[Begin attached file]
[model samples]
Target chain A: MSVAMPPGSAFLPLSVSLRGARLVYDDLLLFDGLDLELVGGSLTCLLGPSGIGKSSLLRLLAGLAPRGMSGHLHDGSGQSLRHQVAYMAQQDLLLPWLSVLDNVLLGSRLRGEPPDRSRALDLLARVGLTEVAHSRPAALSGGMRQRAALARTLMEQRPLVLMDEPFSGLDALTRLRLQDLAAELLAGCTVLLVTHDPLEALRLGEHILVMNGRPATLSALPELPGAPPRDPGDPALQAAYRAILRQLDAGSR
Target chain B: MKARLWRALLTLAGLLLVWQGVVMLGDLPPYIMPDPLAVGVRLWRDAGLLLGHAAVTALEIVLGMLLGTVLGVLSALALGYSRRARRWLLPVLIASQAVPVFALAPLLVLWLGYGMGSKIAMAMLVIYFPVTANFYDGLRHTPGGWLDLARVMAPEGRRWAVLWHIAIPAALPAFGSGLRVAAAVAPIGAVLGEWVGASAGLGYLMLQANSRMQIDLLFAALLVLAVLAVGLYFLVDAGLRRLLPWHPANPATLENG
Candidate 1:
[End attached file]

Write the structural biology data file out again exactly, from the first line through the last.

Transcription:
[model samples]
Target chain A: MSVAMPPGSAFLPLSVSLRGARLVYDDLLLFDGLDLELVGGSLTCLLGPSGIGKSSLLRLLAGLAPRGMSGHLHDGSGQSLRHQVAYMAQQDLLLPWLSVLDNVLLGSRLRGEPPDRSRALDLLARVGLTEVAHSRPAALSGGMRQRAALARTLMEQRPLVLMDEPFSGLDALTRLRLQDLAAELLAGCTVLLVTHDPLEALRLGEHILVMNGRPATLSALPELPGAPPRDPGDPALQAAYRAILRQLDAGSR
Target chain B: MKARLWRALLTLAGLLLVWQGVVMLGDLPPYIMPDPLAVGVRLWRDAGLLLGHAAVTALEIVLGMLLGTVLGVLSALALGYSRRARRWLLPVLIASQAVPVFALAPLLVLWLGYGMGSKIAMAMLVIYFPVTANFYDGLRHTPGGWLDLARVMAPEGRRWAVLWHIAIPAALPAFGSGLRVAAAVAPIGAVLGEWVGASAGLGYLMLQANSRMQIDLLFAALLVLAVLAVGLYFLVDAGLRRLLPWHPANPATLENG
Candidate 1: